I love chess openings, I do. Not really a good story to tell on a Saturday evening in a bar when a nice lady asks you: ‘And, what are your hobbies?’ (Although one can question the likeability of someone who asks that question on a Saturday evening in the first place, but that’s another story)

My chess openings hobby is rather serious. I make lists of alternative definitions of openings – like if they weren’t chess openings. I hope you understand. You have to do something in your spare time, right?

Just try to understand. I will let you into my world for a moment. We chess players often do not know that a lot of names of openings also have a different, alternative meaning in the real world.

A few examples from my dictionary:

Polar Bear System – A system in which an innocent-looking animal is used for an higher purpose or ideology. Named after the polar bear who has become the symbol of the melting icecaps.

Von Hennig Schara Gambit – An attacking plan invented by general Dittrich von Hennig during the Battle of the Bulge in 1944. Von Hennig sacrificed a lot of Wehrmacht soldiers in the Northern parts of the Ardennes to penetrate the South part. Mastermind of this plan presumably was the wife of Von Hennig, Sara Schara, who is said to have had great influence on her husband, both in the house and on the battle field.

Tjech Benoni – An original pasta dish from central Italy, which became popular among Italian emigrants in Prague, containing both elements of Italian and Czech cuisine. Key ingredients are ragout and parsley.

Snake Benoni
 – An original pasta dish from central Italy. During times of shortage the beef meat was replaced by snake meat.
Orang-utan Opening – A secret opening or tunnel in monkey houses in all zoos in the U.S. The monkeys have the opportunity to try to escape zoo life and mingle with human society. If they were to be discovered, they would have to go back to the zoo for the rest of their lives. Orang-utans have the best escape rate among the apes.

Creepy Crawly Formation – A punk band from New Zealand which was mainly popular in the year 1973 when they scored their hit ‘Andersons Spike.’

French Defence – A defence technique against the so-called French Kiss. The victim to be burps loudly when the possible perpetrator approaches the face with his or her mouth.

Spanish Siesta Variation – A proposal by a Spanish minister in the Nineties. He proposed to hold two siestas a day instead of one. The idea was rejected in parliament because it was thought to damage the economy too much.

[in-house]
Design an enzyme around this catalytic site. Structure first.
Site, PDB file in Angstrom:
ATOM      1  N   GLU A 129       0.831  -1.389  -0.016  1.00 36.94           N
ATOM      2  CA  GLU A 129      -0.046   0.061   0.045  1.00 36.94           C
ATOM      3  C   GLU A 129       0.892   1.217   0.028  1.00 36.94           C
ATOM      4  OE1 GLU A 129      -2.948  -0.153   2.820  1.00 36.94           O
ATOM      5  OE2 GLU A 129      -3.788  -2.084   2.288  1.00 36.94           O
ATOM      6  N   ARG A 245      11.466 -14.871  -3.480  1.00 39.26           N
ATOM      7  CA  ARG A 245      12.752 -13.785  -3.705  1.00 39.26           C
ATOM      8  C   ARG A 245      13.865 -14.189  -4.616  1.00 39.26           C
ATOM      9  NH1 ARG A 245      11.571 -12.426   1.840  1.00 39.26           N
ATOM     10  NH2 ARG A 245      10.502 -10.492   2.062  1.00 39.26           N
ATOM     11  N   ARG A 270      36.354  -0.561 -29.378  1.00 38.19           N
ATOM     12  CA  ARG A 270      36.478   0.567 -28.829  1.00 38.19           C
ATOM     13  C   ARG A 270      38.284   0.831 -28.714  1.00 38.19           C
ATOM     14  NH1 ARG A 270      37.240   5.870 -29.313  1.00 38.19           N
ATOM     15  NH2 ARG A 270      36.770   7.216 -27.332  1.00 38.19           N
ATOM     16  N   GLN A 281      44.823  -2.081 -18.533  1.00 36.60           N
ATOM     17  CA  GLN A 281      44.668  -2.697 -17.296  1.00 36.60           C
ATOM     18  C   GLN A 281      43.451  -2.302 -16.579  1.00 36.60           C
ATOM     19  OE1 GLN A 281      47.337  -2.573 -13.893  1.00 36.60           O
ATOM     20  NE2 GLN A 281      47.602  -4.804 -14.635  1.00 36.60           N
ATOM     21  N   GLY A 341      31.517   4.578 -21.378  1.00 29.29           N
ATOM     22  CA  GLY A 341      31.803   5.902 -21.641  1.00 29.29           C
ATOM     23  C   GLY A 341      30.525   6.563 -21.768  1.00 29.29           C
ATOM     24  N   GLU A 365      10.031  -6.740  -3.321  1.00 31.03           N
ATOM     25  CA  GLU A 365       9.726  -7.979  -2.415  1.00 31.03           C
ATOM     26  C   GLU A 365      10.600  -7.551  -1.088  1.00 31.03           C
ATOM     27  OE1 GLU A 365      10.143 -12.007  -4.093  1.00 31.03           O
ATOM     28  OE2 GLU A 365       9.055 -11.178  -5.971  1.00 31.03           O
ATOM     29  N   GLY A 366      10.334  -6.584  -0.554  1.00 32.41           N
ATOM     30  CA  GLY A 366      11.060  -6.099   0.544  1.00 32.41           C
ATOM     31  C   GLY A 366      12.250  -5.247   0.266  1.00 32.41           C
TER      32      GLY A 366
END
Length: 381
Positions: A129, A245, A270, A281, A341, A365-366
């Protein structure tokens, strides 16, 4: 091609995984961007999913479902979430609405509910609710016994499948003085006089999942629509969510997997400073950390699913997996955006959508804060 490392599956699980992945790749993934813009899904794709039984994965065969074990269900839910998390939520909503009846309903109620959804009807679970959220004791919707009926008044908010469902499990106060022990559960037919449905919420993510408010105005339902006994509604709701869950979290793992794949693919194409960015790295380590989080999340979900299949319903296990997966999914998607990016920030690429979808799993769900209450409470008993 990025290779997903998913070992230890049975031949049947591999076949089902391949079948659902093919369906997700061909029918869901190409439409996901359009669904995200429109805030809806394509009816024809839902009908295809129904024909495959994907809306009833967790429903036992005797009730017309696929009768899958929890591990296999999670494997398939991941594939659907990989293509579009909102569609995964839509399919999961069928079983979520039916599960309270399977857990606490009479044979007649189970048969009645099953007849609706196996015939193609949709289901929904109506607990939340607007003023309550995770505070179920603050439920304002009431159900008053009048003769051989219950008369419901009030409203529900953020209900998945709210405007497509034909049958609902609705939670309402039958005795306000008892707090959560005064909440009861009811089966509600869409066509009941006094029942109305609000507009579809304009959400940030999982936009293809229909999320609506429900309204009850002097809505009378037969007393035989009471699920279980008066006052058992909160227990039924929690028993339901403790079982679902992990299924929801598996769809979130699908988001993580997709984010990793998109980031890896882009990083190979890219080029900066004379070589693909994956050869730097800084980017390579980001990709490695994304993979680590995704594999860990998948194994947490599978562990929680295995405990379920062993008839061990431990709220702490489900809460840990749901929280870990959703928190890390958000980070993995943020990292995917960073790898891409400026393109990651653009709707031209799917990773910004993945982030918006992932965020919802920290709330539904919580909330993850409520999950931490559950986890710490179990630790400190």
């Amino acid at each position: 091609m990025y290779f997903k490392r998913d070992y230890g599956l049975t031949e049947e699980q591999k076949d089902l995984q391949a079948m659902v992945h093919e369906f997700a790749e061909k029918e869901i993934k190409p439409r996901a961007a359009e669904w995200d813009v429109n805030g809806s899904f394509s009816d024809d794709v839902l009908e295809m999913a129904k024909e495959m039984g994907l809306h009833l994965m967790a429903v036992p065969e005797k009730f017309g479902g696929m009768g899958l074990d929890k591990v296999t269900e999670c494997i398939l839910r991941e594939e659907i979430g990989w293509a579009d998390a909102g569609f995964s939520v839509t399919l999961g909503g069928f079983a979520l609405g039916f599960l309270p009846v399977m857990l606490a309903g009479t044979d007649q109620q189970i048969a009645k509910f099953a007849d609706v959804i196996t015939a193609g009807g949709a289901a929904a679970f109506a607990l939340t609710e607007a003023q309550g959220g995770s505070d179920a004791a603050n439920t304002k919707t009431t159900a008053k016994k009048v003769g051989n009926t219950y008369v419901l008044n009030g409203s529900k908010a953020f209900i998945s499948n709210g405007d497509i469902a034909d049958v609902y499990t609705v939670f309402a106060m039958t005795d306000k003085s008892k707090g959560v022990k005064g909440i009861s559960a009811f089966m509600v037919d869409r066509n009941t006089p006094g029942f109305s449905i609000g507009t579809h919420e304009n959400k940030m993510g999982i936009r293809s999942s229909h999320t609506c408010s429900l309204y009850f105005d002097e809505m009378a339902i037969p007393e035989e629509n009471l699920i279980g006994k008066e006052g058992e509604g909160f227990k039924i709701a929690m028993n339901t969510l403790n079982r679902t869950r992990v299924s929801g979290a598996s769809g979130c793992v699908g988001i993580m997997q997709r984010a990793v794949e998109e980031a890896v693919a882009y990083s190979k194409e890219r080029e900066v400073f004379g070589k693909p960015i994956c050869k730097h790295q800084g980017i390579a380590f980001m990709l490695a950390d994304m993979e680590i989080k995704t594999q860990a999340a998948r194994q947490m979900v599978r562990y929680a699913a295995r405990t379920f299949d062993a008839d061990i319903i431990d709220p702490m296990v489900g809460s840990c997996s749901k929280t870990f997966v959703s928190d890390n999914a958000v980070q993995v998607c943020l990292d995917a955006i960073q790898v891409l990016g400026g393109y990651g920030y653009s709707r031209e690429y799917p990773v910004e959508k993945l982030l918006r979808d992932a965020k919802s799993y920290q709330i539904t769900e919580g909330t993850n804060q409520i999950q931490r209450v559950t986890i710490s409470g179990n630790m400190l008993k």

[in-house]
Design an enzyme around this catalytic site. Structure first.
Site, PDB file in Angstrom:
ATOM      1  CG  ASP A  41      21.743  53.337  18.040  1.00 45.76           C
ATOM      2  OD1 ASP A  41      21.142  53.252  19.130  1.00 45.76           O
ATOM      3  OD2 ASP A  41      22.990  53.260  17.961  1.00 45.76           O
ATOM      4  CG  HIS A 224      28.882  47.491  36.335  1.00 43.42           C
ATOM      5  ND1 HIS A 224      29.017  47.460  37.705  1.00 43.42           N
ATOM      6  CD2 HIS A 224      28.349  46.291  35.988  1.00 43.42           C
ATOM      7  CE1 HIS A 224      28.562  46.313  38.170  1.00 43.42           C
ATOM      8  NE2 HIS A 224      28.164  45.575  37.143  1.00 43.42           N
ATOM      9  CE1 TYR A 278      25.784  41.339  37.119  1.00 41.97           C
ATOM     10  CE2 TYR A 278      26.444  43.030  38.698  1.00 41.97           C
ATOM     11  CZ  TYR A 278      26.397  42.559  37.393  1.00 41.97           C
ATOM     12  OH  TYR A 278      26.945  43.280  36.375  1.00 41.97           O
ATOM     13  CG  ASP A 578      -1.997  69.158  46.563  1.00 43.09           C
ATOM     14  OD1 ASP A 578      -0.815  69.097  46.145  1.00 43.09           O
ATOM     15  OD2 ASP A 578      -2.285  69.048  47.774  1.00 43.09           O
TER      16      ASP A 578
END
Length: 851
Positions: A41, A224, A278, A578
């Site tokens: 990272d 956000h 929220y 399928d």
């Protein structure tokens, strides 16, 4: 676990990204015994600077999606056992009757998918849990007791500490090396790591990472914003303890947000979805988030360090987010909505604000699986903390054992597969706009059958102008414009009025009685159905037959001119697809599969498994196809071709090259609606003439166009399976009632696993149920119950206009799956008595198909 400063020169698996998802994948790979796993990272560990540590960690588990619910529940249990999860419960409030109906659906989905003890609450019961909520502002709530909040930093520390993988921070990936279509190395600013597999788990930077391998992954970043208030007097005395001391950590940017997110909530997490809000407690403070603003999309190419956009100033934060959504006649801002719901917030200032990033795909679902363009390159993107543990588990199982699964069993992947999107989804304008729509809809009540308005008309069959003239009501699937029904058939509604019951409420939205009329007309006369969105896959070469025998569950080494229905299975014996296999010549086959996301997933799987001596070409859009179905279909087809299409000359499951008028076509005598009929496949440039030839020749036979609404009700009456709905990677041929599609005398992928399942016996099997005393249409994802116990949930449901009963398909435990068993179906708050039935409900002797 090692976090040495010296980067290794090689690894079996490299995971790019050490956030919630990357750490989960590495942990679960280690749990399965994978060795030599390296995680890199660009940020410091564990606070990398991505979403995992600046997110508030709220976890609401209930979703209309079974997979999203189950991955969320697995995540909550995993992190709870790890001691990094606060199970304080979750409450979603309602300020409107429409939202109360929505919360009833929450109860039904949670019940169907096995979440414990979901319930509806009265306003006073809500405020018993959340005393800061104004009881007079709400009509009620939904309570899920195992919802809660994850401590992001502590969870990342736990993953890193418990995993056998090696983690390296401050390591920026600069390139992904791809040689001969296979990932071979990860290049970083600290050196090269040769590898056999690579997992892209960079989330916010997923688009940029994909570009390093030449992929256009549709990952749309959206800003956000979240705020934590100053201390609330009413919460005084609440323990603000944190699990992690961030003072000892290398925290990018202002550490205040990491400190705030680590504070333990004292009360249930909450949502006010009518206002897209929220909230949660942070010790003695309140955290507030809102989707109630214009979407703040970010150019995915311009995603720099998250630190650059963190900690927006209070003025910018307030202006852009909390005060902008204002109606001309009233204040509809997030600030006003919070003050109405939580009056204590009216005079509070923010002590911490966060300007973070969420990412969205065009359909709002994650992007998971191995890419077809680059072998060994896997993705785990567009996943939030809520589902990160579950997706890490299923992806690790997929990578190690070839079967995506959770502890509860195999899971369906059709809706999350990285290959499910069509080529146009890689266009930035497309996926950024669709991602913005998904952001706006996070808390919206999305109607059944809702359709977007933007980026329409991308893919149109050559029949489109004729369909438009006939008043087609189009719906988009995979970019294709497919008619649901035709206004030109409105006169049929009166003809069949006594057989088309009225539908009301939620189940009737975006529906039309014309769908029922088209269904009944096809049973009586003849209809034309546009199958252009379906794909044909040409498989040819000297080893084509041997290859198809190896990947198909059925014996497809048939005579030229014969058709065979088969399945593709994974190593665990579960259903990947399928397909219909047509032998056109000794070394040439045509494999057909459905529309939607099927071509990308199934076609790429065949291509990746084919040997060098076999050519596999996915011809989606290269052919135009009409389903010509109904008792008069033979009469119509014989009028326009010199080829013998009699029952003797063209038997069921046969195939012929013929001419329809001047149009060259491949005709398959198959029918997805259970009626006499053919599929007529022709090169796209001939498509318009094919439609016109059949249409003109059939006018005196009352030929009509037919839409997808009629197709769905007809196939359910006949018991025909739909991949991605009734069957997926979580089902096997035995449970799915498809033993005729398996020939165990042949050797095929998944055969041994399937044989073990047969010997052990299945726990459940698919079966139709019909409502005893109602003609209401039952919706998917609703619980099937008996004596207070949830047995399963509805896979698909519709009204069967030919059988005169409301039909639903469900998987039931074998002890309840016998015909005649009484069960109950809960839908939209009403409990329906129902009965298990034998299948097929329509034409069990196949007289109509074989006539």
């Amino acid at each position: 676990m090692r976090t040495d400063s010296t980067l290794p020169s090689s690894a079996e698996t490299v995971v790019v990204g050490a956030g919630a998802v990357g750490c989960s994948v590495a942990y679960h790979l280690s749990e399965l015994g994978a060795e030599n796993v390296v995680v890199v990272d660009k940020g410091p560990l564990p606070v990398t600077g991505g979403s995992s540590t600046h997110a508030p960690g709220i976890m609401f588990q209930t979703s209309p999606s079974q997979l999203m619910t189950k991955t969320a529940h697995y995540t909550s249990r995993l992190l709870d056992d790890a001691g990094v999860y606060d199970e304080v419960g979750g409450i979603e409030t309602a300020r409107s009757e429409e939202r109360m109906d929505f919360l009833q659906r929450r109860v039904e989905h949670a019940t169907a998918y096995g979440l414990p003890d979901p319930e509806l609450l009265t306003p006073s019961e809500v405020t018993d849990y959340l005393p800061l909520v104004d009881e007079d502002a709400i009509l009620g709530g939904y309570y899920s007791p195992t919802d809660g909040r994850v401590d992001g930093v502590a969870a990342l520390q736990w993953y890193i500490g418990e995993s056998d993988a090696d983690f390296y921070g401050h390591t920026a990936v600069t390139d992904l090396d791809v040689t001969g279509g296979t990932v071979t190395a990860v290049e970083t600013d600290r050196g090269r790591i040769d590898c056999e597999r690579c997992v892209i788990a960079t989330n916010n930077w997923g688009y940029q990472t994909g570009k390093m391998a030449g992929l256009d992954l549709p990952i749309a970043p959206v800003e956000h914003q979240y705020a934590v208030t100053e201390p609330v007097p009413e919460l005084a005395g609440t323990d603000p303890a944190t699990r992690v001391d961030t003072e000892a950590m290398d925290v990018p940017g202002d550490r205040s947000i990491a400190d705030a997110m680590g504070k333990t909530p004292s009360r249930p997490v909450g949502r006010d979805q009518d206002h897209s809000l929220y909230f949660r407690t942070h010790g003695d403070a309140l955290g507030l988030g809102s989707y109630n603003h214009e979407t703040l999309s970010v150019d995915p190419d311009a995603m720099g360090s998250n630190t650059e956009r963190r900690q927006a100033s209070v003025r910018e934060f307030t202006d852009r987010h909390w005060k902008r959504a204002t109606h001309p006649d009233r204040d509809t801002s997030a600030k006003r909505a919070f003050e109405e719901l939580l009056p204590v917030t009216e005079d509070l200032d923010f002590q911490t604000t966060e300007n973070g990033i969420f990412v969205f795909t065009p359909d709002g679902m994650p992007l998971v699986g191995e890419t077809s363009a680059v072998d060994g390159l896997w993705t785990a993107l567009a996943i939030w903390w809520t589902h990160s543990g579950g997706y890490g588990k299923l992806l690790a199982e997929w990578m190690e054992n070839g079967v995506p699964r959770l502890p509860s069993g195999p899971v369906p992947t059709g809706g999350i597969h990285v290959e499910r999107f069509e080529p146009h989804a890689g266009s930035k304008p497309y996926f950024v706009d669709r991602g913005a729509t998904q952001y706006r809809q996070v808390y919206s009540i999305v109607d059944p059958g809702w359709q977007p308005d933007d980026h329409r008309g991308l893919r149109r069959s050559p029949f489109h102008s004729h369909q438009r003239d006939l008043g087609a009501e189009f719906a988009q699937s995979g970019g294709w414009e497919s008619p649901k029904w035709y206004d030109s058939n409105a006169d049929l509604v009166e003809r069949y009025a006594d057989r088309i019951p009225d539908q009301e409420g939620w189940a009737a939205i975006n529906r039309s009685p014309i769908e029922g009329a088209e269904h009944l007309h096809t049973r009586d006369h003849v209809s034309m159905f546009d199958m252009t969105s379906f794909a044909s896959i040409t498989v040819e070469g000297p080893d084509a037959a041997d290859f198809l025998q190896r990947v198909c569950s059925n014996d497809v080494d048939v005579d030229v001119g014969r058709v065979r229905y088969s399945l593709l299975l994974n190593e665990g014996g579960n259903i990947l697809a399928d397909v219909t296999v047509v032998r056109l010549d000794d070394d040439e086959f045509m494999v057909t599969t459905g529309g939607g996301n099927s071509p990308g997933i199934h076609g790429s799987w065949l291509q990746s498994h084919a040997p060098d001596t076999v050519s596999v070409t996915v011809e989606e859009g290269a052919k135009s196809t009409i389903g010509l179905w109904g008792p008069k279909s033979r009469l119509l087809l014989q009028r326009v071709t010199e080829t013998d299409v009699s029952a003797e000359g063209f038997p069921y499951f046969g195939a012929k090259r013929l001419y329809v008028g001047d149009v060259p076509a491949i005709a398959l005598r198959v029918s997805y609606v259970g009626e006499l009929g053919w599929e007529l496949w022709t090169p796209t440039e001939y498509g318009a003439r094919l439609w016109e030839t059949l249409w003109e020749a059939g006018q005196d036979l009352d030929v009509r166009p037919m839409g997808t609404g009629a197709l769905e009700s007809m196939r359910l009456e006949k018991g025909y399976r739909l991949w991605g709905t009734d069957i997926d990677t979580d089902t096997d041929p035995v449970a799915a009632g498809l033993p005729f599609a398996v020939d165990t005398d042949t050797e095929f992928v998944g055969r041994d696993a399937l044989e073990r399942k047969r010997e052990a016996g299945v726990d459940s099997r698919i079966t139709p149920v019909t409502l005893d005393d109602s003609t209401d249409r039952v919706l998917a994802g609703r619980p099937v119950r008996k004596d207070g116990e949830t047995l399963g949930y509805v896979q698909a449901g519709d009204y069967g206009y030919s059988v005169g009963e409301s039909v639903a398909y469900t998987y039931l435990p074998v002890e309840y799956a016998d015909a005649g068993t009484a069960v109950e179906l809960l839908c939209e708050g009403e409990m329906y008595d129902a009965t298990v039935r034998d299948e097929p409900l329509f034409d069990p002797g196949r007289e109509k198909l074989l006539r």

Two Knights Caro-Kann – The legendary defence of the Persians against an army of Alexander the Great in the year 313 BC. The Persian prince Charo Khann successfully defended himself and his people with only a few soldiers and two horses.
Giraffe Attack in the Vienna Game – A massive prison break by giraffes from the Schoenbrunn Zoo in Vienna in May 1972. The animals demanded the same right as the monkeys. Long negotiations resulted in the attack by the giraffes, causing one death among the negotiators. Finally, the demands were accepted and the giraffes got more food and drinks and longer abodes.

Wild Bull Defence –A best-selling book about how to defend against the attack of a wild bull. Several techniques are mentioned (e.g. to stand still, to whistle, to point at a cow, to wave a green flag, and to undress oneself). Finally, the author concluded that running away as hard as one can is the best way to defend oneself against a wild bull.

Noah’s Trap by Ruy Lopez – An alternative explanation for the story of the Arch of Noah by the Spanish bishop Ruy Lopez in the 16th century. According to Lopez there were not two of every animal specie at the arch, but only one. The theory of Lopez takes into matter that the eyewitness was drunk and saw everything double.

Richter-Rauzer Attack of the Sicilian – A counteroffensive out of despair by the German Wehrmacht during the attack by the Allied Forces on Sicily in 1943, better known as Operation Husky. During this fight – where the Germans were outnumbered and didn’t stand a chance- Hitler fired general Richter and replaced him with General Rauzer.

Try to make up one yourself. It’s fun, really. You can hand in your best alternative definition of existing chess openings at the tournament organisation. The winner will be rewarded with a drink of choice in bar Proeflokaal Hooghoudt. Good luck!

Benno de Jongh

Benno de Jongh writes daily columns during the Chess Festival, published around 3 pm on playing days. De Jongh is a journalist and a chess player, who has never reached the rating of 2000, and probably never will. Despite that fact he is one of the worlds leading experts on the Elephant Gambit and working on a book on the subject, (working title: The Elephant Gambit, A Rare Black Beast with a Proboscis on the Board, publication expected in 2032). De Jongh’s opinions on several chess- and non-chess-related items do not in any way reflect the policy of the organisation of the festival.